Wicketkeeper says having played many matches before will help Indian players in the historic Test
Bengaluru : India wicketkeeper Dinesh Karthik is enamoured by Afghanistan’s “beautiful journey” in international cricket but that has not held him back from shooting off a veiled warning to the newcomers.
“Clearly all their spinners put together wouldn’t have played that many matches that [a young] Kuldeep Yadav [24 first-class matches] would have played in four day cricket,” Karthik said ahead of the historic one-off Test against Afghanistan starting Thursday.
Factually, he was correct as Kuldeep’s 24 first-class games including two Test matches is 13 more than the aggregate of 11 four-day games between three of their specialist spinners — Rashid Khan (4), Zahir Khan (7) and Zadran (0).
Recently, after routing Bangladesh in a three-match T20 series, Stanikzai said that Afghanistan have “better quality spinners” than India. “I don’t know what the person [Stanikzhai] had said but you have got to understand that we have got a lot of experience, not only in Test match cricket but a lot of domestic cricket, a lot of four day matches.”
Karthik said that value of experience can never be undermined, a testimony is a whopping 476 Test wickets between Ravichandran Ashwin (311) and Ravindra Jadeja (165 wickets).
“Experience at the end of the day has a lot of value as you saw with CSK in IPL. I am very sure that they [Afghanistan] would be better bowlers by the start of the next Test match than what they are now,” Karthik had words of encouragement for the rookies.
He feels that Afghanistan spinners’ phenomenal show in shorter versions can be transformed in longer versions also.
“The kind of improvement they have shown in white ball cricket has been phenomenal. There is no reason why they can’t do it in red ball cricket. But I would say our spinners have a lot of experience and I would say experience can’t be easily bought. I am sure their players will also vouch for that.”
The wicket-keeper batsman said that Afghanistan’s journey should be put into perspective simply because what the players have achieved in an environment of turmoil.
“Oh it’s a beautiful journey isn’t it. It’s been a highlight for ICC to have a Test nation in Afghanistan. Not many people knew Afghanistan played cricket. We all know what a tough place it is and the kind of turmoil they go through and despite that, they are able to inspire people with their performances,” he said.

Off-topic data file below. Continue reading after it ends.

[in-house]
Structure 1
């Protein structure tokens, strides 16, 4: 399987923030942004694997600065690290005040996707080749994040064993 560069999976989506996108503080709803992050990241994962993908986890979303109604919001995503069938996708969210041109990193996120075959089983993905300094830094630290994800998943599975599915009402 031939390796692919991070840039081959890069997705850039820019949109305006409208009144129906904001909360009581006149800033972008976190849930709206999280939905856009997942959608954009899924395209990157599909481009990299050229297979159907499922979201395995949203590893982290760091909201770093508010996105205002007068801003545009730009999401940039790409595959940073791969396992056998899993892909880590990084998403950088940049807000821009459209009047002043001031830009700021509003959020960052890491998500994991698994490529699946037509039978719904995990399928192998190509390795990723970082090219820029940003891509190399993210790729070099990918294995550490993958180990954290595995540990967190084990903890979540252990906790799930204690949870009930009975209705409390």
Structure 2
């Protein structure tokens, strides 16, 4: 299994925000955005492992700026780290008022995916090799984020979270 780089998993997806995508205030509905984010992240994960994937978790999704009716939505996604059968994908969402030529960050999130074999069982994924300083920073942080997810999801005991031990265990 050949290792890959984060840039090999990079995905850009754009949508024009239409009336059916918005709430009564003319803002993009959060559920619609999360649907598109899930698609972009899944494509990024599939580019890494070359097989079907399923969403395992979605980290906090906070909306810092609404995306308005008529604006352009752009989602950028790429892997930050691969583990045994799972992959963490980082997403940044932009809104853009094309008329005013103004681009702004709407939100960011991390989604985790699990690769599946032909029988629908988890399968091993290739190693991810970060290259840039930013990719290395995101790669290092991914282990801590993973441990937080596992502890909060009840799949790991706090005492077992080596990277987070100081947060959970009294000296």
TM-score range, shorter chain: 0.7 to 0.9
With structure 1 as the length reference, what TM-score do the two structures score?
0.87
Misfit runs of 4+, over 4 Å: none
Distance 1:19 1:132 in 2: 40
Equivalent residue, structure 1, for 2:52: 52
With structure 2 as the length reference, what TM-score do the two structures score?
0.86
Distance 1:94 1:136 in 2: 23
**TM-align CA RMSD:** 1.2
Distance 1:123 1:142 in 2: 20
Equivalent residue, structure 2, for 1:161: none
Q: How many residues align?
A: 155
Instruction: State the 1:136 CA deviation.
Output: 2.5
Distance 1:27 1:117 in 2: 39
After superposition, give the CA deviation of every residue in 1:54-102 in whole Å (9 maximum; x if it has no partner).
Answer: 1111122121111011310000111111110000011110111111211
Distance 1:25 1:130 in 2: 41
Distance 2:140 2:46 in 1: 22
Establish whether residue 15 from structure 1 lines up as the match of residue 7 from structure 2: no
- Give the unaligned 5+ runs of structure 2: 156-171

“You have to give them credit. They are trying to beat all the odds.”
I lost my place to Dhoni, not to a normal cricketer: Dinesh
Bengaluru : It wasn’t easy being Dinesh Karthik in an era where Mahendra Singh Dhoni redefined the role of a keeper-batsman. Having last played a Test match way back in 2010, Karthik, during all these years of soul searching, was honest in his analysis as to why he didn’t get a chance to wear the white flannels.
“Look, I think I wasn’t good enough, rather I was not consistent enough. That was a highly competitive environment and there was someone called MS Dhoni breathing down my neck, which caused a lot of stir in world cricket at that point of time. He went on to become one of the greatest captains India has ever produced,” Karthik said ahead of his comeback Test against Afghanistan.
Karthik, who came in as a replacement to injured Wriddhiman Saha, has not played 87 Tests since he played the last of his 23 Tests against Bangladesh in 2010. “So, I didn’t lose my place to some normal cricketer; he [Dhoni] was special. I respect him for that. At that stage, I could not produce enough performance to hold on to my side. I need to be honest with myself. Now, I have another opportunity and I guess, I will try my best,” the Chennai stumper said.